6 Medication Adherence Tools Health Care Facilities Can Use to Assist Patients
Medication adherence, or taking medicines correctly, is a term used to describe how well patients follow doctors’ orders for taking their medicine as prescribed.
The degree of medication adherence can affect a patient’s health outcomes, quality and length of life, and overall healthcare costs, and unfortunately, non-adherence can account for up to 50% of treatment failures. There are many reasons why patients may not adhere to doctors’ orders, such as the lack of access, financial stress, and other barriers. And that’s why it’s crucial for health care providers and teams to approach their patients with empathy and a listening ear.
Besides that, there are other tangible solutions that your health care office can take to improve medication adherence. Here are six medication adherence tools and strategies you might want to consider as a health care provider:
1. Use mobile medical apps.
Now that we’ve got technology on our side, patients who already rely heavily on their phones can benefit from a medical app that contains important information about their treatment plan, including medication education, appointment scheduling, refill alerts, and adherence logging.
2. Send automatic phone calls and reminder texts.
Use automated text and call services to send your patients reminders directly to their phones.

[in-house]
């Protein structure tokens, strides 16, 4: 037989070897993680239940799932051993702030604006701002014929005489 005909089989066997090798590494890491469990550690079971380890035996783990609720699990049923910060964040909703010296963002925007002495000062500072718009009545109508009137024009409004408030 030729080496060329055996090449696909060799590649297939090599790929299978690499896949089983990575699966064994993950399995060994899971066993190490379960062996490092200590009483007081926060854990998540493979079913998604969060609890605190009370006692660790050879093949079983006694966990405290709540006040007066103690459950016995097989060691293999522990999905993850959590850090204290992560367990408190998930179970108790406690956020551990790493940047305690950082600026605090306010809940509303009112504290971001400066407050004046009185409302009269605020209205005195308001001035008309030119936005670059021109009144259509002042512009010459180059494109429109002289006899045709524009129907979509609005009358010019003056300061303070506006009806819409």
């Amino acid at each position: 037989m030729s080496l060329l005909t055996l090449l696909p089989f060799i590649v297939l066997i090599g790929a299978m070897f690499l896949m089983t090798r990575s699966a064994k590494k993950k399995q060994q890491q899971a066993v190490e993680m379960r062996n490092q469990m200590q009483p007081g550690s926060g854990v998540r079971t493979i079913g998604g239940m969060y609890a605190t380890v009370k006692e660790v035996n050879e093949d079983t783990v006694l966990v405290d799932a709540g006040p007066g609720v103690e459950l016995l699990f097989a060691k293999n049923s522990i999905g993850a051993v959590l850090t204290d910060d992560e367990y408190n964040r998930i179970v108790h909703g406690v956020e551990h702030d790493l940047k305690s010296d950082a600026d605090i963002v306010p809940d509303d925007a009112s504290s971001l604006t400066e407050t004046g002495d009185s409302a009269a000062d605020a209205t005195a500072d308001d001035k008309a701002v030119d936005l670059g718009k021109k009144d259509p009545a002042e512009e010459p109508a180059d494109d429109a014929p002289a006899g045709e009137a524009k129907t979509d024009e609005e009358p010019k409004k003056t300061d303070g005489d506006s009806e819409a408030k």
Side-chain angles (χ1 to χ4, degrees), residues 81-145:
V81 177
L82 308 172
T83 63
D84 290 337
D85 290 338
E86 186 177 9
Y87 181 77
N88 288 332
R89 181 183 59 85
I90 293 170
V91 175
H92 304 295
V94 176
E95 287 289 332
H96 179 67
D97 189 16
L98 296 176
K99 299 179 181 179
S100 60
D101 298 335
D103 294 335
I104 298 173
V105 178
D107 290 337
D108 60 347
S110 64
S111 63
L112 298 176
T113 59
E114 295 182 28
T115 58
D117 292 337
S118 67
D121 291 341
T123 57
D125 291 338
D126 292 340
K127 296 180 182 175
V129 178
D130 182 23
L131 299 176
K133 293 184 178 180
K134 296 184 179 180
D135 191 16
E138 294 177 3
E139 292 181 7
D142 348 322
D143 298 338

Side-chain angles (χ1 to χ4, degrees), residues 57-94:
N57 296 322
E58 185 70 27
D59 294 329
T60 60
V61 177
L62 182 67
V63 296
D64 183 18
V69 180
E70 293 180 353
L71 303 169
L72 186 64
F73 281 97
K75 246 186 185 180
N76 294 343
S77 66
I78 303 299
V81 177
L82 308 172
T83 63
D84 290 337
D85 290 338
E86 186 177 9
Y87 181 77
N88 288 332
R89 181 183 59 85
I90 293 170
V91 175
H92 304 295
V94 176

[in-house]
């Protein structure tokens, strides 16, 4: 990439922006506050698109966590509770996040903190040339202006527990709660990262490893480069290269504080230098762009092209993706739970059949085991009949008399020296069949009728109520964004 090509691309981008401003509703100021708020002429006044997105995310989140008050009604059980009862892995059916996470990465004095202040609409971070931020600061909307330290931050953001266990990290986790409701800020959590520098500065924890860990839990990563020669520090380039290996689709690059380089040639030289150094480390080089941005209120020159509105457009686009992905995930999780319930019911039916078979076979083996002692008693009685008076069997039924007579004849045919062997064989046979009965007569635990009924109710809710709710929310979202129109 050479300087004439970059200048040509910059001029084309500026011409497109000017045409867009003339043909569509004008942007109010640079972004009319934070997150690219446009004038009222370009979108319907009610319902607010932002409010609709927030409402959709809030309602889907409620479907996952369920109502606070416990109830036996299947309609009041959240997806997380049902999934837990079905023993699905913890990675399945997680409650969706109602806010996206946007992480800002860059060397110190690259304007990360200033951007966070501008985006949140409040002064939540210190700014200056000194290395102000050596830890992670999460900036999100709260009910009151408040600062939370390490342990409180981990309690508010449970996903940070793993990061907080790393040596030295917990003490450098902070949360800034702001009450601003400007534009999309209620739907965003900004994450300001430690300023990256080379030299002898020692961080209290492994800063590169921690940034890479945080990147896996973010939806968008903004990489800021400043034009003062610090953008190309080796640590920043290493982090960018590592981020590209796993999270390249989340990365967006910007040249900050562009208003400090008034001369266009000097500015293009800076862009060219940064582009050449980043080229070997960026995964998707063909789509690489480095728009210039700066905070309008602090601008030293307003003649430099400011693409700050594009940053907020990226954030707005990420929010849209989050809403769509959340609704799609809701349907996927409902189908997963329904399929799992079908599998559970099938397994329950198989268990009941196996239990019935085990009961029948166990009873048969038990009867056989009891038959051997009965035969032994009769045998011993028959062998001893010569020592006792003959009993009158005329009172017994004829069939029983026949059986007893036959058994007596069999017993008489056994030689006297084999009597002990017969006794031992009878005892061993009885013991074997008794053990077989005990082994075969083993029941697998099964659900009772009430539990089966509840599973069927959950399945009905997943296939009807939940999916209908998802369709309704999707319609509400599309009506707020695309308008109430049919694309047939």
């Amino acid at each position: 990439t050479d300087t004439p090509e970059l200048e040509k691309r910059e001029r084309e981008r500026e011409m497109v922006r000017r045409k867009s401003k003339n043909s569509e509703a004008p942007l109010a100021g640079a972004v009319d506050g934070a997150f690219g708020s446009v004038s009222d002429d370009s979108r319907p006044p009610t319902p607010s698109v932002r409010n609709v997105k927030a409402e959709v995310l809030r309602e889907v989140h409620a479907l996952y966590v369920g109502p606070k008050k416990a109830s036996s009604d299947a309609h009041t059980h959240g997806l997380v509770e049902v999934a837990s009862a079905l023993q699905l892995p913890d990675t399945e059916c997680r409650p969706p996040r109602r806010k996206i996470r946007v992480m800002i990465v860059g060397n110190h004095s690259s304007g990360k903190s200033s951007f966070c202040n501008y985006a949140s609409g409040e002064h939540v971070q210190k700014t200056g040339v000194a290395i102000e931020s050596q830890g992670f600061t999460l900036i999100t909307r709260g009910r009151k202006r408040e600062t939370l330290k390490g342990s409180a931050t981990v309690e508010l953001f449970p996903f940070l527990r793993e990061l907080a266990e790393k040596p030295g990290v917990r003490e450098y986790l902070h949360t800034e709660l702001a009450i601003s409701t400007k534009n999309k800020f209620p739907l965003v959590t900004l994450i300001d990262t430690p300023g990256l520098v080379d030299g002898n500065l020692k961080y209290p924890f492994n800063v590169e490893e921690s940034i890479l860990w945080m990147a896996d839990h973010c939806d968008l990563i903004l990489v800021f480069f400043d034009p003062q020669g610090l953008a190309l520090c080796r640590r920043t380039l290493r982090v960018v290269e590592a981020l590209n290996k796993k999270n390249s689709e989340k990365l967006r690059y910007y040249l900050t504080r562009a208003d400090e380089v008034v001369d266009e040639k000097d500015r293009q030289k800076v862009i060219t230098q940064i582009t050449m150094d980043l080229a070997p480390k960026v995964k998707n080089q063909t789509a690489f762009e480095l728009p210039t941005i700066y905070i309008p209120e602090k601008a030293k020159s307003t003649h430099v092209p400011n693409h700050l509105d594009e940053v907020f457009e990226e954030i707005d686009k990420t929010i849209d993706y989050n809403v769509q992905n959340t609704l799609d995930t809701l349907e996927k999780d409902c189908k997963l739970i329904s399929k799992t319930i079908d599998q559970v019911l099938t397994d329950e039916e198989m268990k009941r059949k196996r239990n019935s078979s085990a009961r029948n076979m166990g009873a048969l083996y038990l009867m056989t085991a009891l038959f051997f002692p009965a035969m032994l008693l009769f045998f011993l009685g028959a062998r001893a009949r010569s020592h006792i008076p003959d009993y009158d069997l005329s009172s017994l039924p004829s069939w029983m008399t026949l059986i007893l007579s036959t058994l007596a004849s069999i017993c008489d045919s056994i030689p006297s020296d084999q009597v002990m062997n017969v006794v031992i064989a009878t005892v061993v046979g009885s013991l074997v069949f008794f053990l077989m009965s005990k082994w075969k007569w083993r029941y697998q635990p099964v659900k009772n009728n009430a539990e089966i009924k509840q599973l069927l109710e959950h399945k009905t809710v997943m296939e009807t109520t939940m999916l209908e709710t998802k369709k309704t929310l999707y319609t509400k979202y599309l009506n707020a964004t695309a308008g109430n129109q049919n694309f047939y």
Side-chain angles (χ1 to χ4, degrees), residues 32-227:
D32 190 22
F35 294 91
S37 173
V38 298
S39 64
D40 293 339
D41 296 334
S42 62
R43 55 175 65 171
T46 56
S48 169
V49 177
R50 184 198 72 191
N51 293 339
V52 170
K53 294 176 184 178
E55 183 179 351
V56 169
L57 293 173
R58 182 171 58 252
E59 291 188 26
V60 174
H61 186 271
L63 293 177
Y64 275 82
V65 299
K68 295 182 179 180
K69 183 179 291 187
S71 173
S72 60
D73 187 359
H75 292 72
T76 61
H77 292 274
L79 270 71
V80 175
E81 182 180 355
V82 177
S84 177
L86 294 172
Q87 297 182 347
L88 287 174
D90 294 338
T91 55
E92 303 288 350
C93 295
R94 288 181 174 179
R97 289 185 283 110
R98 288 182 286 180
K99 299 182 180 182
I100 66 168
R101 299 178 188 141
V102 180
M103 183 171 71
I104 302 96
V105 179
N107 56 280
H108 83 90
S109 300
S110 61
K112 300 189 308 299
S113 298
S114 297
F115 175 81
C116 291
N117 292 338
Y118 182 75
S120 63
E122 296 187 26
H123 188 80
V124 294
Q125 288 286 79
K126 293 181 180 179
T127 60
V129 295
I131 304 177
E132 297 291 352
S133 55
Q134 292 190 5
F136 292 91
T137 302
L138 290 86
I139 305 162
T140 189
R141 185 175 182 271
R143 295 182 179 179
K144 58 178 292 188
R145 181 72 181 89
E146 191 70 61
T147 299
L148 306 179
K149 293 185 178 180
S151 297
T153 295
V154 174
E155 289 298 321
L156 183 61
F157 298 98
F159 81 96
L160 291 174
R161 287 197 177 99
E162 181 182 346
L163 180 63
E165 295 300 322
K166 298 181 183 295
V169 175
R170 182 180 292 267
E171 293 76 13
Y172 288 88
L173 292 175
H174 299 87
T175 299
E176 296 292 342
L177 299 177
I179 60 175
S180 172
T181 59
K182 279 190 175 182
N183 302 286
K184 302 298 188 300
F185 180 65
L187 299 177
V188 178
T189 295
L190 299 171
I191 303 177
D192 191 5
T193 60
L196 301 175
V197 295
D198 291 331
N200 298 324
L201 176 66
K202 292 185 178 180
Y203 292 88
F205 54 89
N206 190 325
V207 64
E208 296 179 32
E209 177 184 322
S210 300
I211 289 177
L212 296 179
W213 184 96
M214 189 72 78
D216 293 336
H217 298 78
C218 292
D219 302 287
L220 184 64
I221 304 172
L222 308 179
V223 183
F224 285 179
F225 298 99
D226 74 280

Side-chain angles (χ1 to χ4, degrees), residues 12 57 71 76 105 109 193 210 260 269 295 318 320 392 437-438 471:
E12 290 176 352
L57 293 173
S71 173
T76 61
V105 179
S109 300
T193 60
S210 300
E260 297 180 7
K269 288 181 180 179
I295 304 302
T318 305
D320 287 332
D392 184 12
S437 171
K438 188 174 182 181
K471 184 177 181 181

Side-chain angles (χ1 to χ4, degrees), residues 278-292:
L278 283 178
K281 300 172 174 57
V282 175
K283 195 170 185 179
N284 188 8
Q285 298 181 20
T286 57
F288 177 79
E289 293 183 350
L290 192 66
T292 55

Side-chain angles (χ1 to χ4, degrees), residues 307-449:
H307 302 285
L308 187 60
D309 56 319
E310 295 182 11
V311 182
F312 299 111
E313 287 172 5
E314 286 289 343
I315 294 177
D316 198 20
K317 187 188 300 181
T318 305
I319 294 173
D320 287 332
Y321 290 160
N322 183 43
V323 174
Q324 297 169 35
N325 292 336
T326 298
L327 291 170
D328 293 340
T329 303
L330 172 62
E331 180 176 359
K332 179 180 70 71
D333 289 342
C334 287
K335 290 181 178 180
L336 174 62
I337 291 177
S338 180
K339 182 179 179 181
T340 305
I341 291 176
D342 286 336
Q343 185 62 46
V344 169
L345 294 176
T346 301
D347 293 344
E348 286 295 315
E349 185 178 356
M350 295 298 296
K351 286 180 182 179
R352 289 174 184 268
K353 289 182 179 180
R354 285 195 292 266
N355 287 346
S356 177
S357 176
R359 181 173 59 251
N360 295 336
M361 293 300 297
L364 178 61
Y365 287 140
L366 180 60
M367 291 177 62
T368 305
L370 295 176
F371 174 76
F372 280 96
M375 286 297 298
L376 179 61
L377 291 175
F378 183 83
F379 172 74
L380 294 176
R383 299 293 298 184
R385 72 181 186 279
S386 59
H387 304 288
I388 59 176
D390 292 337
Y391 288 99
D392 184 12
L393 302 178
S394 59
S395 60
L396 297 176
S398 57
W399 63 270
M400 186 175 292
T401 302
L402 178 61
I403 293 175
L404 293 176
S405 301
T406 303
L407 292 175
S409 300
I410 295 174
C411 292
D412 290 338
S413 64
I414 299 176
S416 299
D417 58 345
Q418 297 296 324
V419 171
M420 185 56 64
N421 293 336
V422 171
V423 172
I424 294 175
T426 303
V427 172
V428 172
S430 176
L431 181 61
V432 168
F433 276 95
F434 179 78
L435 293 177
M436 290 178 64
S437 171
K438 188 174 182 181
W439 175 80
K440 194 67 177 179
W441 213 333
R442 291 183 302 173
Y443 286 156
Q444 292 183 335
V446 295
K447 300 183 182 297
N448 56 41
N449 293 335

3. Create reminder charts.
Remembering medication instructions that doctors give verbally is difficult for most patients. So make it easier on them by providing charts that detail everything they need to know, like when to take their medication, who prescribed it, how long they need to take it, and more.
This chart should be simple to read and understand.
4. Educate patients face-to-face.
Patients who receive face-to-face counseling are more likely to adhere to doctors’ orders. So rather than sending your patients off to figure things out on their own, consider taking the time to implement in-person education.
5. Create a blame-free office environment.
As we said before, patients all have their reasons for not taking their medication. So try to understand your patient’s medication-taking habits early on and make it clear that they are in a blame-free environment and that you’re only there to support them. This way, your patients will feel more open to discussing their barriers honestly.
6. Consider the financial burden for patients.
The cost of medication is one of the biggest reasons why patients are non-adherent. If patients can’t afford their medication, then the easiest solution is to simply stop taking them. So make it a point to understand your patient’s financial situation and have resources on hand to point them to that will provide financial assistance.
There will always be barriers that exist and prevent patients from complying with their prescriber’s instructions. But it’s up to health care providers to make sure they’re doing everything they can to improve medication adherence through education, understanding, and strategies like the ones above.
If your organization doesn’t have a support plan for medication adherence in place, it’s an excellent time to develop one.